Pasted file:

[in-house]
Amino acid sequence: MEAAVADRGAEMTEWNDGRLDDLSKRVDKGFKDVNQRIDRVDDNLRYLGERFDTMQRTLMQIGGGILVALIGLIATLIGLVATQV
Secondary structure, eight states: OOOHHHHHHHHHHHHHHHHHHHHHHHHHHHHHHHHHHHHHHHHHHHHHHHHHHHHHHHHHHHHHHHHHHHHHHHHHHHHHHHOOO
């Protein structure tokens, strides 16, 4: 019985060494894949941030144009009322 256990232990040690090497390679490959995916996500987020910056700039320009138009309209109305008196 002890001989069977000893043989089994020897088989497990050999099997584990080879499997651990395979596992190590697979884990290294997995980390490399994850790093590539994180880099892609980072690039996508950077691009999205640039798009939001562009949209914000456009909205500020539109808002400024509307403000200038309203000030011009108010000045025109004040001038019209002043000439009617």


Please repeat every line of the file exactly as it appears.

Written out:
[in-house]
Amino acid sequence: MEAAVADRGAEMTEWNDGRLDDLSKRVDKGFKDVNQRIDRVDDNLRYLGERFDTMQRTLMQIGGGILVALIGLIATLIGLVATQV
Secondary structure, eight states: OOOHHHHHHHHHHHHHHHHHHHHHHHHHHHHHHHHHHHHHHHHHHHHHHHHHHHHHHHHHHHHHHHHHHHHHHHHHHHHHHHOOO
């Protein structure tokens, strides 16, 4: 019985060494894949941030144009009322 256990232990040690090497390679490959995916996500987020910056700039320009138009309209109305008196 002890001989069977000893043989089994020897088989497990050999099997584990080879499997651990395979596992190590697979884990290294997995980390490399994850790093590539994180880099892609980072690039996508950077691009999205640039798009939001562009949209914000456009909205500020539109808002400024509307403000200038309203000030011009108010000045025109004040001038019209002043000439009617």